I strongly recommend having your movement assessed by a Physical Therapist (MPT or DPT) who is qualified to perform a Selective Functional Movement Assessment (SFMA). (See functionalmovement.com). The PT should quickly be able to drill down to the most dysfunctional components of your movement, and give you guidance on how to prioritize and tackle the issues he finds, as well as explain how that dysfunction may relate to the pain you experience, even though the underlying problem areas may be pain-free.

(I used to believe that my arches were falling, I had bad knees and a weak ankle, and that eventually I would have to give up long-distance hiking and start wearing custom orthotics, but in the last two years those issues have been almost entirely resolved to a degree I would not have imagined possible, because I started looking for the causes of my injuries in my movement, as opposed to continually chasing symptoms of pain and tightness.)

Good luck!
Tom

thisisnotreal 08-15-2011 06:39 PM

Re: Plantar Fasciitis and injuries
 
Tom, that was a fantastic post. Extremely well articulated.
The mechanism you outlined, by the way, was exactly the same for me. From the foot to the ankle to the shins to the tight hips. Systemic body wide issue...But how come only my foot hurt? Going down stairs was agony in the mornings. For me; trigger point therapy and foam rolling really helped knock things loose..and allowed for the beginning of the restrengthening and rebalancing work.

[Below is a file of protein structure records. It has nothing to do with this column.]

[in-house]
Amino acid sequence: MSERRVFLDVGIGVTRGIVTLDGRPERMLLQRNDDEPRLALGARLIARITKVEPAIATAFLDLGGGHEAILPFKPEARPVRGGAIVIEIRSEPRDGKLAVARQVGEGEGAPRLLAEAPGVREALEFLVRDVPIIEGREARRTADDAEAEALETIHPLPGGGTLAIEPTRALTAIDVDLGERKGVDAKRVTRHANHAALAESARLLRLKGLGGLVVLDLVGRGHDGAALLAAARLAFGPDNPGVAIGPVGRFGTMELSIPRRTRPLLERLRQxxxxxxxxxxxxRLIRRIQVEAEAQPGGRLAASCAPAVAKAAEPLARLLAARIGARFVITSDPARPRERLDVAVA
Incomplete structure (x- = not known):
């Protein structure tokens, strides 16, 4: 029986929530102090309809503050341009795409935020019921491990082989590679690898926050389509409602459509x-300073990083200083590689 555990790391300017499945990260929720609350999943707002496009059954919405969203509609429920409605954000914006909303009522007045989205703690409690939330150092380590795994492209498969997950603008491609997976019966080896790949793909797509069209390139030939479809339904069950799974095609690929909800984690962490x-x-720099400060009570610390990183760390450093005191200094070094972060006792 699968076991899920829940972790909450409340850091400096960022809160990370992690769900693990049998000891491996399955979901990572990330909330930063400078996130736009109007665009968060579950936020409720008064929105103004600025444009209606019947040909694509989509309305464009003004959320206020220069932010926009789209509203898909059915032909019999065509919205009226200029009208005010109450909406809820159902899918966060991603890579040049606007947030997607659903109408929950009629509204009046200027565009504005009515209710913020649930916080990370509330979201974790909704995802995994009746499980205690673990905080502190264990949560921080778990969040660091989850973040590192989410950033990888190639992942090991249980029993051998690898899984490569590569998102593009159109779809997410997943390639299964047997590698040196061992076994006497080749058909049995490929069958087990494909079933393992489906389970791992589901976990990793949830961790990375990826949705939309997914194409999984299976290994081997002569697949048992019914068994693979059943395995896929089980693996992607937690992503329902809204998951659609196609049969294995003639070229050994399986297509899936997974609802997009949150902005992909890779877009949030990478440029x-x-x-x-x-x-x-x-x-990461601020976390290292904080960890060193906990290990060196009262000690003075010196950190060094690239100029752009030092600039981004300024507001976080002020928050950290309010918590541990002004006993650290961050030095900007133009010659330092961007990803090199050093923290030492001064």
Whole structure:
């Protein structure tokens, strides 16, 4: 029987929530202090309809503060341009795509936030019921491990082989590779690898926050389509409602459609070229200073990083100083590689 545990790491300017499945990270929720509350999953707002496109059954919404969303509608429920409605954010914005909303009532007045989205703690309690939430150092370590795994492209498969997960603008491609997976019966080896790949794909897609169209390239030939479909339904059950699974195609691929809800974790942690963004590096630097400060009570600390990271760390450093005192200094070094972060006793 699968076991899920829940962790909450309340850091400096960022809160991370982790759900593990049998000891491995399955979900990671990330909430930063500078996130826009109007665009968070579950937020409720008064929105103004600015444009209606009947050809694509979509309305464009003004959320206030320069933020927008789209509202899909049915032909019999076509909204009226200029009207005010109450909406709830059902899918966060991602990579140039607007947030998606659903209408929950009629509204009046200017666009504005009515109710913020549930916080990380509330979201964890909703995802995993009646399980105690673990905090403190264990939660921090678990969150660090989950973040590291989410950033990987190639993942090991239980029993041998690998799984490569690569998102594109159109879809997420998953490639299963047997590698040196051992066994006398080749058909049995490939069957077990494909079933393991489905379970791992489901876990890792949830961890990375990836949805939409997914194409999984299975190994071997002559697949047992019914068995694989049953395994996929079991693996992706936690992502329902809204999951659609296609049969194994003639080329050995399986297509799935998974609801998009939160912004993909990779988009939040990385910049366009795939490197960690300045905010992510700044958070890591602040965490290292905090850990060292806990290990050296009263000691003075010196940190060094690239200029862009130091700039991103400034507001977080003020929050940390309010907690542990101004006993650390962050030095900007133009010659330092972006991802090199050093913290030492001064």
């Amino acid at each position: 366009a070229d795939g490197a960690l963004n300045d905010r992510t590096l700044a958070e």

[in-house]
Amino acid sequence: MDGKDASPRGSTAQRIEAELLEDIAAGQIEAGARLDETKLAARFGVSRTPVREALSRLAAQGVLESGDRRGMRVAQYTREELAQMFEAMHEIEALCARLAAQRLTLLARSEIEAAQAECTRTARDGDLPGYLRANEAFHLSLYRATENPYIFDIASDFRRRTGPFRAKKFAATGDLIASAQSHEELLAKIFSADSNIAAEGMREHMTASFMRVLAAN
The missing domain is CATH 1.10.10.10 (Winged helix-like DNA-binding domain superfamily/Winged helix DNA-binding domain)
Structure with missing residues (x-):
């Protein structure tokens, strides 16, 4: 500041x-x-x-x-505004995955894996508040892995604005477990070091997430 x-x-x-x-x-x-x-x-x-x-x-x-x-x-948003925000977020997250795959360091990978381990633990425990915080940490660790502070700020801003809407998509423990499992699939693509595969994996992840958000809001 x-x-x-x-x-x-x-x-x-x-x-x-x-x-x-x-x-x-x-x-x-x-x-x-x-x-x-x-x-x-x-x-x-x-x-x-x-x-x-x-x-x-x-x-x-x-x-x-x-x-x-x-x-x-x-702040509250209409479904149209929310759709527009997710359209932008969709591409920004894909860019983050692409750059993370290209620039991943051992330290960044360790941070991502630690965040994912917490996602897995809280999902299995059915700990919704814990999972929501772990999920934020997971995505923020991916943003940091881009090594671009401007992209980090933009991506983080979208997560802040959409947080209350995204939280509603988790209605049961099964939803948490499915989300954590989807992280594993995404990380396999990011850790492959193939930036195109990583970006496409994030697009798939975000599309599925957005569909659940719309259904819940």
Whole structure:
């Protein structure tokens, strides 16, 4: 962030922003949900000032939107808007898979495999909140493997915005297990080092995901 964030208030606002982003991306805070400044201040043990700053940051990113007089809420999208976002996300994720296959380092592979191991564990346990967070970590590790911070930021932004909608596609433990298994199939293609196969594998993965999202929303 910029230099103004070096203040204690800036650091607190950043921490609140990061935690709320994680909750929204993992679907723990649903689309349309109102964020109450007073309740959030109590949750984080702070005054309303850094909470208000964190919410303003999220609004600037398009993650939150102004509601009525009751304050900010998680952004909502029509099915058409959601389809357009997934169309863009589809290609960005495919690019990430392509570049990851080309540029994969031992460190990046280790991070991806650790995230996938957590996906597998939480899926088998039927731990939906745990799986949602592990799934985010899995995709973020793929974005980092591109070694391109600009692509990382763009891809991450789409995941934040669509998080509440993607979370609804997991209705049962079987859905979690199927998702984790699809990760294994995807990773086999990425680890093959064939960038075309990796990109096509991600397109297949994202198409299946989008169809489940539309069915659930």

Good Luck Don.

Janet Rosen 08-15-2011 10:43 PM

Re: Plantar Fasciitis and injuries
 
Quote:

Josh Philipson wrote: (Post 290348)
Tom, that was a fantastic post. Extremely well articulated.
The mechanism you outlined, by the way, was exactly the same for me. From the foot to the ankle to the shins to the tight hips. Systemic body wide issue...But how come only my foot hurt? Going down stairs was agony in the mornings. For me; trigger point therapy and foam rolling really helped knock things loose..and allowed for the beginning of the restrengthening and rebalancing work.
Good Luck Don.

Agreed re Tom's post! And I will second Josh on trigger points and foam rollers (I use the latter routinely for t.p.s in my quads and rarely in my itbs)

Don Nordin 08-16-2011 07:28 AM

Re: Plantar Fasciitis and injuries